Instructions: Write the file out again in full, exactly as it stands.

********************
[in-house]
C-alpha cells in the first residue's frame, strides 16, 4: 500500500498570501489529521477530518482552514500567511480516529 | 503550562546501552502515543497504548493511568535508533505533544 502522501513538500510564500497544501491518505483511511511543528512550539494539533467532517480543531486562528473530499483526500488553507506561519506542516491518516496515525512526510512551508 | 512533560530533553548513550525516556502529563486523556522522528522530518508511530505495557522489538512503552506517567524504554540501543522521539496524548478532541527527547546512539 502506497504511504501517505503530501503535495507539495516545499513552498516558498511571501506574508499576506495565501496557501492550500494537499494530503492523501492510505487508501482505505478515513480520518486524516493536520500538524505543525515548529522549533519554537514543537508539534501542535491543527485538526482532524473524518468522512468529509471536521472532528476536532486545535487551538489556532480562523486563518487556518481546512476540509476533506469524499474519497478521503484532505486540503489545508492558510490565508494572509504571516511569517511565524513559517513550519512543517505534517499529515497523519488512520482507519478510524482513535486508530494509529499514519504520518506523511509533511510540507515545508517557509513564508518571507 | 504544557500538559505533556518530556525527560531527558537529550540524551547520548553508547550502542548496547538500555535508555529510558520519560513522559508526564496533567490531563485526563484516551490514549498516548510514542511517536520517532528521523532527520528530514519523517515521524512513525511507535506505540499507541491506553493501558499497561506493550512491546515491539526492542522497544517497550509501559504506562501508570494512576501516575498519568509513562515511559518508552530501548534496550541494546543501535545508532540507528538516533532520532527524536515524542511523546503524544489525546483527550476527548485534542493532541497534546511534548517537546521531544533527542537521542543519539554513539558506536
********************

[in-house]
C-alpha cells in the first residue's frame, strides 16, 4: 500500500498570501489529521477530518482552514500567511480516529 | 503550562546501552502515543497504548493511568535508533505533544 502522501513538500510564500497544501491518505483511511511543528512550539494539533467532517480543531486562528473530499483526500488553507506561519506542516491518516496515525512526510512551508 | 512533560530533553548513550525516556502529563486523556522522528522530518508511530505495557522489538512503552506517567524504554540501543522521539496524548478532541527527547546512539 502506497504511504501517505503530501503535495507539495516545499513552498516558498511571501506574508499576506495565501496557501492550500494537499494530503492523501492510505487508501482505505478515513480520518486524516493536520500538524505543525515548529522549533519554537514543537508539534501542535491543527485538526482532524473524518468522512468529509471536521472532528476536532486545535487551538489556532480562523486563518487556518481546512476540509476533506469524499474519497478521503484532505486540503489545508492558510490565508494572509504571516511569517511565524513559517513550519512543517505534517499529515497523519488512520482507519478510524482513535486508530494509529499514519504520518506523511509533511510540507515545508517557509513564508518571507 | 504544557500538559505533556518530556525527560531527558537529550540524551547520548553508547550502542548496547538500555535508555529510558520519560513522559508526564496533567490531563485526563484516551490514549498516548510514542511517536520517532528521523532527520528530514519523517515521524512513525511507535506505540499507541491506553493501558499497561506493550512491546515491539526492542522497544517497550509501559504506562501508570494512576501516575498519568509513562515511559518508552530501548534496550541494546543501535545508532540507528538516533532520532527524536515524542511523546503524544489525546483527550476527548485534542493532541497534546511534548517537546521531544533527542537521542543519539554513539558506536